Visiting Dignitaries

CES? DGAF! Bill Clinton Turns Samsung Speech Into Cry for Gun Control

“I grew up in this hunting culture, but this is nuts.”


Just when you thought CES couldn’t get any randomer than Qualcomm’s “Generation Mobile” atrocity, guess who showed up? Bill Clinton, who stopped by to speak in the middle of Samsung president Stephen Woo’s presentation. Not only that, but according to CNET’s liveblog, in the midst of his remarks he digressed and started talking about gun control.

The man used to be the leader of the free world; you really thought he’d get on stage at a trade show and stick to the subject? Child, please.

Mr. Clinton’s appearance seemed a little random, but his philanthropic work involves attempts to close the technology gap between richer and poor countries, and he’s specifically partnered with Samsung to work on the issue. Also, as much money as they’ve got flowing around that conference, why not hire a former president to speak?

And yes, he did start out on the topic of technology: “On the day I took the oath of office, a grand total of 50 sites on the entire Internet,” he opened, before tacking toward the reason for his presence in Las Vegas, reminding everyone that poor countries need tech for things other than Evernote-integrated fridges.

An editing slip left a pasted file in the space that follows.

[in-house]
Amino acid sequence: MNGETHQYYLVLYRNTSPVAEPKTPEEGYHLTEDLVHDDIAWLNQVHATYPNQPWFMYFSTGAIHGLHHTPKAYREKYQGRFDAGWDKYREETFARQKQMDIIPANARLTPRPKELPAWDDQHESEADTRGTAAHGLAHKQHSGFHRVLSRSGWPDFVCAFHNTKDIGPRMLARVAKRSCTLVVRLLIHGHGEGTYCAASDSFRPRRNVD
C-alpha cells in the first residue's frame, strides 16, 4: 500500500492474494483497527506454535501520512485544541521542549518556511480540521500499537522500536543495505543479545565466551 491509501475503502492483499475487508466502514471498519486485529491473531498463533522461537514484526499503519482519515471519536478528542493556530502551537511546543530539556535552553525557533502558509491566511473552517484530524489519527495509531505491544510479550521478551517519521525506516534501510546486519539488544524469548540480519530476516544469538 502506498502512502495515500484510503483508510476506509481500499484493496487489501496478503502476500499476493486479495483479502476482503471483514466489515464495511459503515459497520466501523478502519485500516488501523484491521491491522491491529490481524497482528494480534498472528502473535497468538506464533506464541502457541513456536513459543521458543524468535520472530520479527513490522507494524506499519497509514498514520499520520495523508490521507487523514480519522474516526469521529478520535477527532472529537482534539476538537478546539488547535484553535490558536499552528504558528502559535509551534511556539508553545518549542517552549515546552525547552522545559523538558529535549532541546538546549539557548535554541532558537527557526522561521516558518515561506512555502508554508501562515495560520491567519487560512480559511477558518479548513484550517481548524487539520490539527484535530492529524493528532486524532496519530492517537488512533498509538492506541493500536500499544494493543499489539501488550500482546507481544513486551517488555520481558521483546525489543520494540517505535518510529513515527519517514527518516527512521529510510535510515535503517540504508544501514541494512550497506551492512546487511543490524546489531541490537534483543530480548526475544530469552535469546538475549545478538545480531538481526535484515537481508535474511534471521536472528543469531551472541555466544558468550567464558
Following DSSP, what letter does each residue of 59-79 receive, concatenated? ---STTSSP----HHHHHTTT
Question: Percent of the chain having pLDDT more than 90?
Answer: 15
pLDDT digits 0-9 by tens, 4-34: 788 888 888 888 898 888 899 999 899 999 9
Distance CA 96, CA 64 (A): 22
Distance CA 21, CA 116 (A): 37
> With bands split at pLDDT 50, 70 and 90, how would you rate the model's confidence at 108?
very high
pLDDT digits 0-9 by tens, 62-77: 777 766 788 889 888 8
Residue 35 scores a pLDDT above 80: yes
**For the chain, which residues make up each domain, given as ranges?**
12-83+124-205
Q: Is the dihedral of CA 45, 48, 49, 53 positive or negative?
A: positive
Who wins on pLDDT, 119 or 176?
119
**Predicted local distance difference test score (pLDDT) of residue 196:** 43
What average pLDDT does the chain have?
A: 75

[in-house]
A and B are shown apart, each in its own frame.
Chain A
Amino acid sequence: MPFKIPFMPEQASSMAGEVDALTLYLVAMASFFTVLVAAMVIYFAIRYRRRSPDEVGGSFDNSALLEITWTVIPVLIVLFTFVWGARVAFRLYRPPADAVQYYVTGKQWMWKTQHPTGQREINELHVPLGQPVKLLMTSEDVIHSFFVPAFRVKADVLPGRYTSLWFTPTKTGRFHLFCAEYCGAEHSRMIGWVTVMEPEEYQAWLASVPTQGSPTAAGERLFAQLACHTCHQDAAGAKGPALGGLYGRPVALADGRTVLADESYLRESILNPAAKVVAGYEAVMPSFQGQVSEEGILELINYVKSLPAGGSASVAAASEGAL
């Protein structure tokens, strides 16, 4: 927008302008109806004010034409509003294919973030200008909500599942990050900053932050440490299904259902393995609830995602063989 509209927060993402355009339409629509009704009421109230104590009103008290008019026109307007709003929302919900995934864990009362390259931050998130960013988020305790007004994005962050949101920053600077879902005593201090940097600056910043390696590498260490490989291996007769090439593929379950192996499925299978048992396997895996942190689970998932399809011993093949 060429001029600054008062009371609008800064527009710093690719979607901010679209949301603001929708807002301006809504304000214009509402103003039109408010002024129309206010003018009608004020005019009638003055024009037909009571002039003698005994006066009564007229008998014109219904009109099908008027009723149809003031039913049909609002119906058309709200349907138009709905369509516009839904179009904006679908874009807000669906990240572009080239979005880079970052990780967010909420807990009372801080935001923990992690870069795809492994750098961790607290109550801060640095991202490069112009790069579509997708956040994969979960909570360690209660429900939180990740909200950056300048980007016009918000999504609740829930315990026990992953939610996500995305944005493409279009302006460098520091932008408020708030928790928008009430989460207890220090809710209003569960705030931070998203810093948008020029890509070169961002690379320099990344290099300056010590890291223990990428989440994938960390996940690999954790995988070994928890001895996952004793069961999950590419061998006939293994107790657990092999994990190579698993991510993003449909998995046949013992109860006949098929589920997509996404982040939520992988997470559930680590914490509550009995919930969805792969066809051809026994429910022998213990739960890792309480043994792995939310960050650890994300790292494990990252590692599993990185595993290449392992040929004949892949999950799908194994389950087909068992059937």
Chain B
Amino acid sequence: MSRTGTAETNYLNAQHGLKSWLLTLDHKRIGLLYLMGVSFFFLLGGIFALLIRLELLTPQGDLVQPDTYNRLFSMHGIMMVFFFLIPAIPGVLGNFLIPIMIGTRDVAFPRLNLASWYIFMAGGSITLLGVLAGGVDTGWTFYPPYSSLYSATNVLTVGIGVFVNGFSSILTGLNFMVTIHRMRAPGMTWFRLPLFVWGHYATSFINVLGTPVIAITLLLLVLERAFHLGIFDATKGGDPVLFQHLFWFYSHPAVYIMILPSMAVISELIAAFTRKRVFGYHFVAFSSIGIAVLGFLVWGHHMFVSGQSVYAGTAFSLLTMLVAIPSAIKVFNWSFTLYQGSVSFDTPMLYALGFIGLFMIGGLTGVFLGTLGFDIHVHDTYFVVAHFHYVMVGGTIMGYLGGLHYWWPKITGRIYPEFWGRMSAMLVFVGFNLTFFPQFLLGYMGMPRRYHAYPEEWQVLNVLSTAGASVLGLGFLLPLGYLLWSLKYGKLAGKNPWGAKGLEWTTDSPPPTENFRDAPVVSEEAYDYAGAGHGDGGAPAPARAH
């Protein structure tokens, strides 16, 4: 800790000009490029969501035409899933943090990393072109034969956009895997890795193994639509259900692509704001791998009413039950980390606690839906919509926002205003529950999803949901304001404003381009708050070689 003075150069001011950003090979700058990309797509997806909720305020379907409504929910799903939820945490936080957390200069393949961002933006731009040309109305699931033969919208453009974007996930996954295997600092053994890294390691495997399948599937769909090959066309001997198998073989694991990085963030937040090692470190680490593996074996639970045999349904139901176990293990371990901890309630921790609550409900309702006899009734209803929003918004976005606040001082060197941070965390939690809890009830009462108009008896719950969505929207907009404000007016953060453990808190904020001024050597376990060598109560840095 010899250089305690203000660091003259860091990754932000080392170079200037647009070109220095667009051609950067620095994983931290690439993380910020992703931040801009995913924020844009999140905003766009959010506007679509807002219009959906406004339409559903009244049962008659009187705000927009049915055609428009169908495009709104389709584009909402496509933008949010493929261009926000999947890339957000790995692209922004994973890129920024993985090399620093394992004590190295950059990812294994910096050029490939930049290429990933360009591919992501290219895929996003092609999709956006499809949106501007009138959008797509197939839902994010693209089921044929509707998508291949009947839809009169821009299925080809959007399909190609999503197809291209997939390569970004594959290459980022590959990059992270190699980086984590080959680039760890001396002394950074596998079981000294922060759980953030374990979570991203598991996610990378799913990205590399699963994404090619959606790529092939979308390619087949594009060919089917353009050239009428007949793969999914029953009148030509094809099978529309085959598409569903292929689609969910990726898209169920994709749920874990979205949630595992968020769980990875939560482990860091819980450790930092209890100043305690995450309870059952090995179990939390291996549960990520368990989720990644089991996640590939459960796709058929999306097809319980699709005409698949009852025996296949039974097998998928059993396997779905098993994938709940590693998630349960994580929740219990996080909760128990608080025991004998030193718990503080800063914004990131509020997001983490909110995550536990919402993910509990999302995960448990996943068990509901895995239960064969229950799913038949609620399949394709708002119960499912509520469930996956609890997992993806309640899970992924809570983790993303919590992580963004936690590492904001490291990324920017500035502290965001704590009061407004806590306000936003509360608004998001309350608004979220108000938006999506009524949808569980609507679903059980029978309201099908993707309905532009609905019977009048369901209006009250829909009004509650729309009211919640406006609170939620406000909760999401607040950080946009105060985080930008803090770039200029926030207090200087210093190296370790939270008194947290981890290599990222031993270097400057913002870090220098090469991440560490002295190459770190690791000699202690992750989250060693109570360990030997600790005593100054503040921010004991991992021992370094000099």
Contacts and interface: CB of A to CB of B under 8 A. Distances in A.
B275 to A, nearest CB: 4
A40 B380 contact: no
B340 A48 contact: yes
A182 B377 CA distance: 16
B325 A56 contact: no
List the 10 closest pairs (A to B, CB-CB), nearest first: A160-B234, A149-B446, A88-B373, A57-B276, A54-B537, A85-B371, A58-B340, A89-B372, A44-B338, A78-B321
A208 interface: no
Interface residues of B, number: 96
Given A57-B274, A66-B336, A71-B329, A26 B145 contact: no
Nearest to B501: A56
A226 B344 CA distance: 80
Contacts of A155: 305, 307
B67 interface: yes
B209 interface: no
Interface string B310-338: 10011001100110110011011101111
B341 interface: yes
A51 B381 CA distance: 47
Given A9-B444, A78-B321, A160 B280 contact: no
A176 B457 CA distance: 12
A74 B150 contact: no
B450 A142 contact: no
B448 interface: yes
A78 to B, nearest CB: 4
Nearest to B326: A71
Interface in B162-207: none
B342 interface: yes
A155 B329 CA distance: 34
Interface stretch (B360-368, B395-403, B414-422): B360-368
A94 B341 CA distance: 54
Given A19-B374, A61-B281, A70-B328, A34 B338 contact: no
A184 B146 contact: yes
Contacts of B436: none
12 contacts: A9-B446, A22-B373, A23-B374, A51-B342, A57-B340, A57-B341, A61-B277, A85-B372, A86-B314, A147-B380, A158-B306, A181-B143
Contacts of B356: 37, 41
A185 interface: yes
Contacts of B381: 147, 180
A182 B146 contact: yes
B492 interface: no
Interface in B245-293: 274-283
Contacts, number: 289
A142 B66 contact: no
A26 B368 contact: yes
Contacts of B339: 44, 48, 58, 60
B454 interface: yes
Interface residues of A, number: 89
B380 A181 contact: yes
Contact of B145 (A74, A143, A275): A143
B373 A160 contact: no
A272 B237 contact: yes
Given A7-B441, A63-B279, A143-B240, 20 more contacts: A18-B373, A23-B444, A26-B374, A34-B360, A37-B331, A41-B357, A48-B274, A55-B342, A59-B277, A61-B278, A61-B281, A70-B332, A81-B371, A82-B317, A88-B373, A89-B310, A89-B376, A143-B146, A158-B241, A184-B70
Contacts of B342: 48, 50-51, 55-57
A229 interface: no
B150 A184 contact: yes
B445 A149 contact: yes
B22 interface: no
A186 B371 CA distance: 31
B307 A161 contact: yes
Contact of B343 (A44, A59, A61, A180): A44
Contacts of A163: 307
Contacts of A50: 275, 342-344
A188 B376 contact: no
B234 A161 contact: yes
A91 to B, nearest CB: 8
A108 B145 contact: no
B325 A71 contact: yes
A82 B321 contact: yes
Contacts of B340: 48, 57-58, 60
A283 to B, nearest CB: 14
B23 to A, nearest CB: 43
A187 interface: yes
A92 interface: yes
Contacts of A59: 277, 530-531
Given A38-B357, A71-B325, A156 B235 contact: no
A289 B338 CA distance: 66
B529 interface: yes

That’s when he started to drift. CNET says Mr. Clinton started talking about bad things that’ve happened all over the world, but like a record hitting a scratch, he got hung up on “unjustifiable neglect of gun safety”:

Clinton talking about gun control and the death rate in the U.S. compared to other countries. “I grew up in this hunting culture, but this is nuts,” Clinton says. “Why does anybody need a 30-round clip for a gun?” Half of all deaths have occurred since the assault weapons ban expired, Clinton offers.

Apparently he got a huge round of applause, then meandered through a discussion of anomie: “We have sorted ourselves out in our living patterns so that we look for people who agree with us,” he said. Then finally he circled back to the topic at hand, by saying he wants technologists to find ways to bridge that gap.

Stay roguish, Bill. Never change.

(h/t Mike Isaac)

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